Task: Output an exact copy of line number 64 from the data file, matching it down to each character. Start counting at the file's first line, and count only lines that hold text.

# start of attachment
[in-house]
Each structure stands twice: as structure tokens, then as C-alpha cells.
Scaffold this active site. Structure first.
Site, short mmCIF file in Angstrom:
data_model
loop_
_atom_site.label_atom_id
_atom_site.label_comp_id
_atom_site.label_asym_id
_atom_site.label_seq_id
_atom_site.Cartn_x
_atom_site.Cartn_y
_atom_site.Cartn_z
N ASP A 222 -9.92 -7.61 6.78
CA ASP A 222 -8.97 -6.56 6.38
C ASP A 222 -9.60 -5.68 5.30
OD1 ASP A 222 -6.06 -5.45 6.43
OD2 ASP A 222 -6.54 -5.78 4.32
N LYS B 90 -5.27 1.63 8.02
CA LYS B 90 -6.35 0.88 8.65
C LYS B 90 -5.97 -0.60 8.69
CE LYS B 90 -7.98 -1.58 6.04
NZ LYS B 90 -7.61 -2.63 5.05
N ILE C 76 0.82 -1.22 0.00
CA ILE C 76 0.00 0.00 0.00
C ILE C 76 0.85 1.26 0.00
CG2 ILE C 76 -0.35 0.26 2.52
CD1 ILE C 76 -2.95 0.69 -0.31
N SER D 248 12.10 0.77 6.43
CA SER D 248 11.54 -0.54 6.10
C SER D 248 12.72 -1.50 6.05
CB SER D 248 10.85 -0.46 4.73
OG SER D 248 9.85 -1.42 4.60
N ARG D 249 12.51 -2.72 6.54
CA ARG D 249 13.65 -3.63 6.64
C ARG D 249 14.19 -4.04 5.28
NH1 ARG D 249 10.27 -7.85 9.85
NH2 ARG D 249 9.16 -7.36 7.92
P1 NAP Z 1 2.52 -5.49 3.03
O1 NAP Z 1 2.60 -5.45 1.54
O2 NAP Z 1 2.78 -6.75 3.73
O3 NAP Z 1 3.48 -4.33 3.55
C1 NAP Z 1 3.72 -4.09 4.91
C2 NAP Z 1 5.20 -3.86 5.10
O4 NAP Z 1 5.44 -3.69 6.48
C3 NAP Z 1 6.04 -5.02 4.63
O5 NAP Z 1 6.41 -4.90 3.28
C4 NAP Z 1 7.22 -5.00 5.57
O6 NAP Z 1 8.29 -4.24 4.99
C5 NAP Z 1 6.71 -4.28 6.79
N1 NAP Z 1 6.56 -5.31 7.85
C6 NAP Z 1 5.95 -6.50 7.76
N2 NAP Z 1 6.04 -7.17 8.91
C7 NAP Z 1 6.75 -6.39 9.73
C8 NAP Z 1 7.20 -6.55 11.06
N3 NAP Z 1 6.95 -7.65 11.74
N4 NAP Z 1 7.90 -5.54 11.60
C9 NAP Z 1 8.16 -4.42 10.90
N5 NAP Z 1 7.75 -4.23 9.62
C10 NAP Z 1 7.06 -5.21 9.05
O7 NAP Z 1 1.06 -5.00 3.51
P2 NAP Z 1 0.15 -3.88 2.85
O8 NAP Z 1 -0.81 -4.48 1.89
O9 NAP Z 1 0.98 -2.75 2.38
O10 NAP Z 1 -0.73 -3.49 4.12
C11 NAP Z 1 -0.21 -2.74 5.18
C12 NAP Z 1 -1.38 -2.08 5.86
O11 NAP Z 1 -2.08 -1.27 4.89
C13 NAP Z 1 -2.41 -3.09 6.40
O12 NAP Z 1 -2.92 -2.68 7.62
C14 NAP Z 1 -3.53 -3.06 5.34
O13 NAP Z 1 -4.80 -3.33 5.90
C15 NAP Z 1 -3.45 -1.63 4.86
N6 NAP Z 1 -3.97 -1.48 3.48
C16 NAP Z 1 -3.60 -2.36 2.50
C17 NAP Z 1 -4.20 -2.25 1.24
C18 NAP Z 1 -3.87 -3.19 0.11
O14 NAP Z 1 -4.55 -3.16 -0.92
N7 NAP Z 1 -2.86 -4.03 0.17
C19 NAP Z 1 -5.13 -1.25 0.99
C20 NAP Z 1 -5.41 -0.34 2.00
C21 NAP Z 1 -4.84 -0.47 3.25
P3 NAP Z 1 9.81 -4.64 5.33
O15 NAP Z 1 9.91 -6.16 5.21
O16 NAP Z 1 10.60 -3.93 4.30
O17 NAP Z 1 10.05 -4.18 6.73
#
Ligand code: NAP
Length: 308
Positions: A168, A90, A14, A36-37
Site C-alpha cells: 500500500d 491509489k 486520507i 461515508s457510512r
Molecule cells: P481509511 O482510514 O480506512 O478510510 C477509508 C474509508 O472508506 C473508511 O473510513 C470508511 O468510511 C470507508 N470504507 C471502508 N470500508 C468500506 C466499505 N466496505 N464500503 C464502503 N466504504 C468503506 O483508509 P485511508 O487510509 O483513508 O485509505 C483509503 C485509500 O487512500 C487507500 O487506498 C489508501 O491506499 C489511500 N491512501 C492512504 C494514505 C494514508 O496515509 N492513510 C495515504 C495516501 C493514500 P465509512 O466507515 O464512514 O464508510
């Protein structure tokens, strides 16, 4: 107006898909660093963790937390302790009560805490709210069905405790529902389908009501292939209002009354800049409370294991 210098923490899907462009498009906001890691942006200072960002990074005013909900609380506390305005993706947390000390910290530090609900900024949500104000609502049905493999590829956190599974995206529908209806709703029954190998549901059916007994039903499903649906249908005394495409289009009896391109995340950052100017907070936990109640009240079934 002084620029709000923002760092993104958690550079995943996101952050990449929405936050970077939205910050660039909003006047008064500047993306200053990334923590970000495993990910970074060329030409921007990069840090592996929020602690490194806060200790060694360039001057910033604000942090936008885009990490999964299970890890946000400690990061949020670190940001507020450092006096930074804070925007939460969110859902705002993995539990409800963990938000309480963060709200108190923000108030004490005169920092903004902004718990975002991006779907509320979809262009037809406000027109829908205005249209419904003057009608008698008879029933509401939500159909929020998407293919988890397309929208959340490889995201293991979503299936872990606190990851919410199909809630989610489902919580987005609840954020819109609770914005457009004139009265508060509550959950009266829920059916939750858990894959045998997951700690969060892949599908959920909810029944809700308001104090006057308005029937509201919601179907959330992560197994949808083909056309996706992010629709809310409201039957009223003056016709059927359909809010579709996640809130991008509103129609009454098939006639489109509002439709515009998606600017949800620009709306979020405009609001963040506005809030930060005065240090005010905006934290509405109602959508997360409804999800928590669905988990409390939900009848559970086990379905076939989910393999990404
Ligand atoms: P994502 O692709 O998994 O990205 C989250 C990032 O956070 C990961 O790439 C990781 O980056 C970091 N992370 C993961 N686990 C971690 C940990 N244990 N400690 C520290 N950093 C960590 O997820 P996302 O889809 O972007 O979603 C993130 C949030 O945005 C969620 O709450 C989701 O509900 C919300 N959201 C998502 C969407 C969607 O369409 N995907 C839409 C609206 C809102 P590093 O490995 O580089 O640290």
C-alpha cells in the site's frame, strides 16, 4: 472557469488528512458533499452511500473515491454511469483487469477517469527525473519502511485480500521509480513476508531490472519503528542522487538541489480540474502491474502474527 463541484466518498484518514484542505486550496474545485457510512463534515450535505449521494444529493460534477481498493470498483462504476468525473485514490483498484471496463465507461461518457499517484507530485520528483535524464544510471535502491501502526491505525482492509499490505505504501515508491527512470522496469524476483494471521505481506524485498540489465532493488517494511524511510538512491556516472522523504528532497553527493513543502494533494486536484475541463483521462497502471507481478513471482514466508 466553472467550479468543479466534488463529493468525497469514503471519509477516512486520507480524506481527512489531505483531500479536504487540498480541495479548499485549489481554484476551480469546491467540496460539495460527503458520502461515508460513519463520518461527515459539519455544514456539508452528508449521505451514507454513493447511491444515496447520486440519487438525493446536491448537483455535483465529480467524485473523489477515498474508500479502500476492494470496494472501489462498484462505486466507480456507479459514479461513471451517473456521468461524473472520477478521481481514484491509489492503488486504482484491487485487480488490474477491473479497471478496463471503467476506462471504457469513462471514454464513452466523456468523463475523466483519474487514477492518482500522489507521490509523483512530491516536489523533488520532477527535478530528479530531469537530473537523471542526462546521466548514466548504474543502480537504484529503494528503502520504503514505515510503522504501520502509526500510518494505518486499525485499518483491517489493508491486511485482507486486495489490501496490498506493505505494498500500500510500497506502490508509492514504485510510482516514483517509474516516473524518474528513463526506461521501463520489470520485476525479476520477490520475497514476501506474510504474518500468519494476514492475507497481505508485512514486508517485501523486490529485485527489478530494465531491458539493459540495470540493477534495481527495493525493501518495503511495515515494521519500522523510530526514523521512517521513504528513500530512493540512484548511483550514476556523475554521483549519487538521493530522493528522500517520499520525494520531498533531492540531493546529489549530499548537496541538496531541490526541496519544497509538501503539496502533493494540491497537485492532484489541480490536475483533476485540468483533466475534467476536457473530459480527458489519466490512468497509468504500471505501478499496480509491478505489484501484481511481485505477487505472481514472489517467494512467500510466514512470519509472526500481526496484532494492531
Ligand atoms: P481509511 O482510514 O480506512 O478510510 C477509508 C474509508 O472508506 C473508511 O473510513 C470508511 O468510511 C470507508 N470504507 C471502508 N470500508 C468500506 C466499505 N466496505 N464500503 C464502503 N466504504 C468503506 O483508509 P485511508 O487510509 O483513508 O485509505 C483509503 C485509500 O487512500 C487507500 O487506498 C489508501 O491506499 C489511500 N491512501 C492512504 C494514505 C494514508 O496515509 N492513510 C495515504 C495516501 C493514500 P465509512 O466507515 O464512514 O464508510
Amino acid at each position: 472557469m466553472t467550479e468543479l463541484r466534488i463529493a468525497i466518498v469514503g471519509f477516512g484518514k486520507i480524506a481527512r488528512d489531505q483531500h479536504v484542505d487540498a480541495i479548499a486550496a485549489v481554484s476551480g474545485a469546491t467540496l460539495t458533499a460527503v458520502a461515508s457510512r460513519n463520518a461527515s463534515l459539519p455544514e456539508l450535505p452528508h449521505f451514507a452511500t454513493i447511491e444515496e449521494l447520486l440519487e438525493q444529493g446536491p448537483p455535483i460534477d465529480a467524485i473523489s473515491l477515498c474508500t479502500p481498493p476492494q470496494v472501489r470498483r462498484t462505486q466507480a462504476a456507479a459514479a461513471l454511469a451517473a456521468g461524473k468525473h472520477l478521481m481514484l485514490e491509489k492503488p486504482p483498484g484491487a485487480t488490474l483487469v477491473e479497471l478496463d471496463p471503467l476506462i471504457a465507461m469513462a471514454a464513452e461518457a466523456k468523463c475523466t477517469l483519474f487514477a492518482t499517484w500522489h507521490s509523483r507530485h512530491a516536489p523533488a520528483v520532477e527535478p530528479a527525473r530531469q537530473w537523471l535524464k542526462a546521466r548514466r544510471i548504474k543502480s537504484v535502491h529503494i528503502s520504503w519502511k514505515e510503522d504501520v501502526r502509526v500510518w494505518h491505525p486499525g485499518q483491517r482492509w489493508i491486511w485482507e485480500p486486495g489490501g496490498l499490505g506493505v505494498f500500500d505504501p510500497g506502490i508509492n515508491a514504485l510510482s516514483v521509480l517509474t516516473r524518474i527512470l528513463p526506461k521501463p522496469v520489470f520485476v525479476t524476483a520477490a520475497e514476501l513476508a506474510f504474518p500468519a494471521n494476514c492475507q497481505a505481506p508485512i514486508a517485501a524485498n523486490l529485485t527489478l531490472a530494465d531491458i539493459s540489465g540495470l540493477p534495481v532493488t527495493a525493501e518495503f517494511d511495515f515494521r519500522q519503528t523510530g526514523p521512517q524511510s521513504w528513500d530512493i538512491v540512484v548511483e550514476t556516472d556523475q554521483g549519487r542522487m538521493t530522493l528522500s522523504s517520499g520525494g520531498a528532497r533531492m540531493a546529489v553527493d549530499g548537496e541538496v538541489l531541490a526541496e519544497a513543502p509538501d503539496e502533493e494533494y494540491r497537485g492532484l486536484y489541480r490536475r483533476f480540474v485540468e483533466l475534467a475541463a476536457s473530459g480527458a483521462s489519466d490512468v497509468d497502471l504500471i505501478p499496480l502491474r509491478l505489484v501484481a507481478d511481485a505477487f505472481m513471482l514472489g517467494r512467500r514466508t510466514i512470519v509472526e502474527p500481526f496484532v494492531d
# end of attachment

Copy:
O9 NAP Z 1 0.98 -2.75 2.38